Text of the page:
Go to the Globe and Mail homepage

Jump to main navigationJump to main content

Grow: Mia Wedgbury

Restaurant uses cocktails as calling card Add to ...

Imagine you’re a restaurant owner in Vancouver. Not only are you involved in one of the most risky endeavours around, you’re trying to make a go of it in one of Canada’s biggest cities.

How do to stand out from the crowd?

That was the challenge facing Steve Da Cruz, proprietor of The Corner Suite. Mr. Da Cruz loves food, and he’s passionate about delivering a top-notch dining experience. But in a city full of foodies, that’s the entry level for successful restaurants – there has to be more.

So Mr. Da Cruz decided to build his reputation on what makes The Corner Suite different: its cocktails. He has more than 500 on the menu, and the list is growing all the time. It’s more than just a well-stocked bar: Mr. Da Cruz takes cocktails very seriously.

“I use only what’s in season. For example, I’ll use Meyer Lemons from California that are only available four months a year because they have a unique taste. It’s a small thing, but customers appreciate that attention to detail,” Mr. Da Cruz says.





He’s also taken a passion for organic ingredients and infused it into his restaurant. Everything is personal and in the style of an old French kitchen – no computer screens, and lots of training for staff on the art of food service. That includes a fully stocked library on the subject in the back room.

The understated approach has worked wonders. Word-of-mouth has spread, and business is booming. Mr. Da Cruz is doing it by building a profile as someone who’s a local expert on food – his door is always open for people who want a tour, and he makes an effort to build connections with local farmers and introduces them to his staff.







There are two important lessons here for small businesses. First, focus on one thing you do well – even if it’s only one element of your entire product or service offering – and capitalize on it. The recognition will come. In the case of Mr. Da Cruz, his efforts landed him a feature story in Food & Wine magazine and recognition as Best New Bar in Canada.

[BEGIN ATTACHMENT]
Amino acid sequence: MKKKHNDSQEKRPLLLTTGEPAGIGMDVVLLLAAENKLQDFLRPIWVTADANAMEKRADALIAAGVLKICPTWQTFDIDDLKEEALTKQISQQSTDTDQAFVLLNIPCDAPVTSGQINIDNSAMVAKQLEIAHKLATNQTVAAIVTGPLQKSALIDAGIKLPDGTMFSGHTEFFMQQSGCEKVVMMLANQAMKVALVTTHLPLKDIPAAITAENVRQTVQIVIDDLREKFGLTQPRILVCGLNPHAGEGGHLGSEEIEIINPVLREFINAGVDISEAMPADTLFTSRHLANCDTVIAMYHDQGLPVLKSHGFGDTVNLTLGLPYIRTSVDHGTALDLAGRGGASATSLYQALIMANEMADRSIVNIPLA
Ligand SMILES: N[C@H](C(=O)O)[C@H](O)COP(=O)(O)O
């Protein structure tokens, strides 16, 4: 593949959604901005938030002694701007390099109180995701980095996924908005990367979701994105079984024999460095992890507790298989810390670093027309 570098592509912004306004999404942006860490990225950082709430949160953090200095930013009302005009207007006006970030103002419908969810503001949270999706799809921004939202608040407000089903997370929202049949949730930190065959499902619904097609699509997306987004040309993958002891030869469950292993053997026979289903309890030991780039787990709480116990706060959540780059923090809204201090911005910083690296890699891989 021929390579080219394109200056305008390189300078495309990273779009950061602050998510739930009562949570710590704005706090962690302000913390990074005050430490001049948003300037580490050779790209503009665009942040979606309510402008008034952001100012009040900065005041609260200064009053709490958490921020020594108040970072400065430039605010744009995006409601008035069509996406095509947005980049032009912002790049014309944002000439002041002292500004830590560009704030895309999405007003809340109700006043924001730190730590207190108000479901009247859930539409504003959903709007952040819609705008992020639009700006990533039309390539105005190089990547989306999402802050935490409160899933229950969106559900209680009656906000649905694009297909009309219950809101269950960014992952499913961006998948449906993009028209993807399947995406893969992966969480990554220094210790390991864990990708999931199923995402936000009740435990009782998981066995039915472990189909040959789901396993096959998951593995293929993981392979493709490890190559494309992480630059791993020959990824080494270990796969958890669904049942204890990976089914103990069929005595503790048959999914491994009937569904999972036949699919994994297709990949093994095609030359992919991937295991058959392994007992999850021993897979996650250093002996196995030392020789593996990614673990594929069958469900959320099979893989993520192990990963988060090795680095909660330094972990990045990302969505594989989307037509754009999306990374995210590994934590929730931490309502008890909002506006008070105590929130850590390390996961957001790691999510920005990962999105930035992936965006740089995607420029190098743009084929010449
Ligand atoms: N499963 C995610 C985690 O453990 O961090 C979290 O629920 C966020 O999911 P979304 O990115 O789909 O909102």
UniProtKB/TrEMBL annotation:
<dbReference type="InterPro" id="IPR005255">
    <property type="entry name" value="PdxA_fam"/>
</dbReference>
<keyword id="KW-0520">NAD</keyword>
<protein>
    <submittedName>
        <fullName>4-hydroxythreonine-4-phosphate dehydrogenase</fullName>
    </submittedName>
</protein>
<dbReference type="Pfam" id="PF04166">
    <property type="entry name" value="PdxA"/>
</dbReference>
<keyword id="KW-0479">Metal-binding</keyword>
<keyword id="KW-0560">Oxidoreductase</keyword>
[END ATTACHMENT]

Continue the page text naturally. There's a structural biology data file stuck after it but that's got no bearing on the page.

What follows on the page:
Second, don’t sell your business, sell your story. Mr. Da Cruz isn’t just running a restaurant, he’s advocating a lifestyle on local, organic food that involves the broader community. It’s personal, and people can feel the passion. From there PR flows naturally.

Look for ways to infuse your personality into your business. Do it right, and the ripple effect will have people flocking to your doorstep.

Special to the Globe and Mail

Mia Wedgbury is president of the Canadian region for Fleishman-Hillard Canada and its sister company, High Road Communications. With more than two decades of experience in creating and growing award-winning communications agencies, she is focused on fostering the overarching vision for the Canadian market. Her experience spans many sectors, including financial, technology, consumer and lifestyle. She works in partnership with her clients, some of the most innovative and well-respected companies in the country, to build brands, mitigate risk and shape communications strategies that drive measurable results. Ms. Wedgbury is known as an innovator, an advocate of career opportunities for women and a dedicated supporter of the technology industry.

Follow us on Twitter: @GlobeSmallBiz

 

Topics:

In the know

Most popular video »

Highlights

More from The Globe and Mail

Most Popular Stories